For this reason, a provider who understands procedural coding can be invaluable to a hospital. In addition to documenting their own encounters thoroughly, they can provide quality assurance and serve as a resource for others. (Providers generally respond better to correction from peers than from the medical records department.) The ability to maximize ED revenue from procedures can make a difference in the hospital's bottom line — and provides an opportunity for contracted ED groups to demonstrate value.
The most obvious difference between ED facility and ED provider billing is that most hospitals handle facility billing in-house. Providers are more likely to outsource billing, unless the group is large enough to have its own medical services arm.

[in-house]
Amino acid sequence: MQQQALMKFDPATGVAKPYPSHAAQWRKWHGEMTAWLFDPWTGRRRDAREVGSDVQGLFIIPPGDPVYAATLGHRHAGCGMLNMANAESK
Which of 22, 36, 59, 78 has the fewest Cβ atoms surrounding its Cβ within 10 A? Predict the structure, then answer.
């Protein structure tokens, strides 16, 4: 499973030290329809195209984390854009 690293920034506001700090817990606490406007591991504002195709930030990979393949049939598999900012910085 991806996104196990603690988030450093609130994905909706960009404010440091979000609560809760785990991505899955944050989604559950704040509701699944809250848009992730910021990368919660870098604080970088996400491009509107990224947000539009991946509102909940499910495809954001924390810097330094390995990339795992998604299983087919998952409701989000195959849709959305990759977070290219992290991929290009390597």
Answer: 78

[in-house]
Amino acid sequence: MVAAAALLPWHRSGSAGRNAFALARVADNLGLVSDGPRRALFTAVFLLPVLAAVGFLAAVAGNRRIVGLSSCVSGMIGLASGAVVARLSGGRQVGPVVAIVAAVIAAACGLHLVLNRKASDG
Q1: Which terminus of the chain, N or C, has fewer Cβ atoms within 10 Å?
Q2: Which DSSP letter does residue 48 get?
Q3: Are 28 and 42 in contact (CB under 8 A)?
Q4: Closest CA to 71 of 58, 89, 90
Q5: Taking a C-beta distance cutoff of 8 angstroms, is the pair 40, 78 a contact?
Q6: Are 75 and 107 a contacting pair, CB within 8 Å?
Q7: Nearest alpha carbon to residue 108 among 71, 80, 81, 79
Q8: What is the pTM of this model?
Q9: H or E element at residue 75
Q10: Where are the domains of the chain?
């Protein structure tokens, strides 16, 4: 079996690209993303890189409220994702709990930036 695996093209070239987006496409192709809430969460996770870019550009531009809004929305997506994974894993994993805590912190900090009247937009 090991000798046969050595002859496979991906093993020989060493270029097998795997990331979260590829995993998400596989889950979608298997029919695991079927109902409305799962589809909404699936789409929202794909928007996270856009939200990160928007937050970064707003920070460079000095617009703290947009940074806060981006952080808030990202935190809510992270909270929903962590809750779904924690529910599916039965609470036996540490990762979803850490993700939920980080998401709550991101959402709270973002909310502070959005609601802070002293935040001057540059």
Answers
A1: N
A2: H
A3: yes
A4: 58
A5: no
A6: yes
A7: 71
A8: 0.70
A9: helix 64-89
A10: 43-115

Complexity is the primary reason that facility billing isn't outsourced. From a processing point of view, it includes a variety of forms and reimbursement methods. Also, many revenue centers within the hospital (lab, pharmacy) feed into the ED facility bill.
This doesn't mean that ED facility billing can't be outsourced. In many cases it probably should be. Too often, ED billing is deprioritized as the billing department chases higher reimbursements from inpatient services. Another disadvantage of the in-house approach: ED facility revenue tends to get lumped in with other revenue sources, which makes it useless for reporting and tracking purposes.
For these reasons, I think hospitals should consider outsourcing the facility side of the ED revenue cycle. In many cases, contracted emergency medicine groups can point their hospitals to vendors with the appropriate software and expertise to do the job.